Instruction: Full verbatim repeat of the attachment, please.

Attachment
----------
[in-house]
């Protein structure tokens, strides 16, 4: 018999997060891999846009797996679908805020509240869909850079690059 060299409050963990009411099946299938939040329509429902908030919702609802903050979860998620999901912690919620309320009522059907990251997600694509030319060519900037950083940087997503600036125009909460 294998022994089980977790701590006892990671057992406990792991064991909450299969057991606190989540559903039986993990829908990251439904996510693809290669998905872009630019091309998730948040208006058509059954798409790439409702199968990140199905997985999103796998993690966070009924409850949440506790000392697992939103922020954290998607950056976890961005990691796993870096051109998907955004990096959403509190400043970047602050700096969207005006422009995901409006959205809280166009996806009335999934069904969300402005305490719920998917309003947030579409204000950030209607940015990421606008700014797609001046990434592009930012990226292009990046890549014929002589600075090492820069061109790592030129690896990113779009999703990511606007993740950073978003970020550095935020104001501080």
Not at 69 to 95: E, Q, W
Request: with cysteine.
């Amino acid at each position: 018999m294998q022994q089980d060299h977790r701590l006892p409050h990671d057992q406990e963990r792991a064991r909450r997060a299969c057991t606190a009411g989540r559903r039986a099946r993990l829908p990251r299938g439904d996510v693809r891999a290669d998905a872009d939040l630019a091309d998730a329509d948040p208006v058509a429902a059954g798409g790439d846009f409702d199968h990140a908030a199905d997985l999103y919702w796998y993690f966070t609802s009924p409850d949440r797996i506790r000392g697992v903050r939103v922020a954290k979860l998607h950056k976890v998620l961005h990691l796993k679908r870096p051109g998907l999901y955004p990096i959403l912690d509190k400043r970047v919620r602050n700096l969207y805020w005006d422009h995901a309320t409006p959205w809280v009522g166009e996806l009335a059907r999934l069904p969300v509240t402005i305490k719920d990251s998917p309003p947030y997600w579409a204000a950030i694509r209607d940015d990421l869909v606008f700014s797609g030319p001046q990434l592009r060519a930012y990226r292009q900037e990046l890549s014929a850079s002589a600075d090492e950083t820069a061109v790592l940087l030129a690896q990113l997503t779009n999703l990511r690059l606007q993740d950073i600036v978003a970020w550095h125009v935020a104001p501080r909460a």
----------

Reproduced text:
[in-house]
């Protein structure tokens, strides 16, 4: 018999997060891999846009797996679908805020509240869909850079690059 060299409050963990009411099946299938939040329509429902908030919702609802903050979860998620999901912690919620309320009522059907990251997600694509030319060519900037950083940087997503600036125009909460 294998022994089980977790701590006892990671057992406990792991064991909450299969057991606190989540559903039986993990829908990251439904996510693809290669998905872009630019091309998730948040208006058509059954798409790439409702199968990140199905997985999103796998993690966070009924409850949440506790000392697992939103922020954290998607950056976890961005990691796993870096051109998907955004990096959403509190400043970047602050700096969207005006422009995901409006959205809280166009996806009335999934069904969300402005305490719920998917309003947030579409204000950030209607940015990421606008700014797609001046990434592009930012990226292009990046890549014929002589600075090492820069061109790592030129690896990113779009999703990511606007993740950073978003970020550095935020104001501080």
Not at 69 to 95: E, Q, W
Request: with cysteine.
């Amino acid at each position: 018999m294998q022994q089980d060299h977790r701590l006892p409050h990671d057992q406990e963990r792991a064991r909450r997060a299969c057991t606190a009411g989540r559903r039986a099946r993990l829908p990251r299938g439904d996510v693809r891999a290669d998905a872009d939040l630019a091309d998730a329509d948040p208006v058509a429902a059954g798409g790439d846009f409702d199968h990140a908030a199905d997985l999103y919702w796998y993690f966070t609802s009924p409850d949440r797996i506790r000392g697992v903050r939103v922020a954290k979860l998607h950056k976890v998620l961005h990691l796993k679908r870096p051109g998907l999901y955004p990096i959403l912690d509190k400043r970047v919620r602050n700096l969207y805020w005006d422009h995901a309320t409006p959205w809280v009522g166009e996806l009335a059907r999934l069904p969300v509240t402005i305490k719920d990251s998917p309003p947030y997600w579409a204000a950030i694509r209607d940015d990421l869909v606008f700014s797609g030319p001046q990434l592009r060519a930012y990226r292009q900037e990046l890549s014929a850079s002589a600075d090492e950083t820069a061109v790592l940087l030129a690896q990113l997503t779009n999703l990511r690059l606007q993740d950073i600036v978003a970020w550095h125009v935020a104001p501080r909460a």